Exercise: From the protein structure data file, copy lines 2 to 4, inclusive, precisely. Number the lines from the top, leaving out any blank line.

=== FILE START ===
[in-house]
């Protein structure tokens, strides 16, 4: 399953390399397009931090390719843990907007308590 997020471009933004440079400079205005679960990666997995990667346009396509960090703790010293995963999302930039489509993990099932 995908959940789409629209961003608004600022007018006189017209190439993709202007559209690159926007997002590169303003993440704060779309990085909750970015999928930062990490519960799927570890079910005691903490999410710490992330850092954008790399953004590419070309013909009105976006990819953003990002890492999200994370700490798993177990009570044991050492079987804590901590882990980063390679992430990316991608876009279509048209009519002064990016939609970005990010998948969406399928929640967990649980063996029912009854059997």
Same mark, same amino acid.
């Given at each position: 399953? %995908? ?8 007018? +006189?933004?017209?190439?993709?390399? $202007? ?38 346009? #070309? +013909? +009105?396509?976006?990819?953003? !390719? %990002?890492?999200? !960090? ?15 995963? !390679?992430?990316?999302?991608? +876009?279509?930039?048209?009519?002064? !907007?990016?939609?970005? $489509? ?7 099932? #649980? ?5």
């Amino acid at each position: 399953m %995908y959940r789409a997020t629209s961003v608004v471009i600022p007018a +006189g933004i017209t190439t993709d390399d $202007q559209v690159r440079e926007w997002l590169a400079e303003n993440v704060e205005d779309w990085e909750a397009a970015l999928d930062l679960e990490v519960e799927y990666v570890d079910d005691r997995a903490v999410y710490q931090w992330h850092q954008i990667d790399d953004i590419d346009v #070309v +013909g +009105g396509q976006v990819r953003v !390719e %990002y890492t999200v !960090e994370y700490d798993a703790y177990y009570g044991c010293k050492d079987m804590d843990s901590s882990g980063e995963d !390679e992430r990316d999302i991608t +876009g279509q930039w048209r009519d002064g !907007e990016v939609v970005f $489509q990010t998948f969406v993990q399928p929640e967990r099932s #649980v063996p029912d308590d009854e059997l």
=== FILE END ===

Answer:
């Protein structure tokens, strides 16, 4: 399953390399397009931090390719843990907007308590 997020471009933004440079400079205005679960990666997995990667346009396509960090703790010293995963999302930039489509993990099932 995908959940789409629209961003608004600022007018006189017209190439993709202007559209690159926007997002590169303003993440704060779309990085909750970015999928930062990490519960799927570890079910005691903490999410710490992330850092954008790399953004590419070309013909009105976006990819953003990002890492999200994370700490798993177990009570044991050492079987804590901590882990980063390679992430990316991608876009279509048209009519002064990016939609970005990010998948969406399928929640967990649980063996029912009854059997």
Same mark, same amino acid.
């Given at each position: 399953? %995908? ?8 007018? +006189?933004?017209?190439?993709?390399? $202007? ?38 346009? #070309? +013909? +009105?396509?976006?990819?953003? !390719? %990002?890492?999200? !960090? ?15 995963? !390679?992430?990316?999302?991608? +876009?279509?930039?048209?009519?002064? !907007?990016?939609?970005? $489509? ?7 099932? #649980? ?5």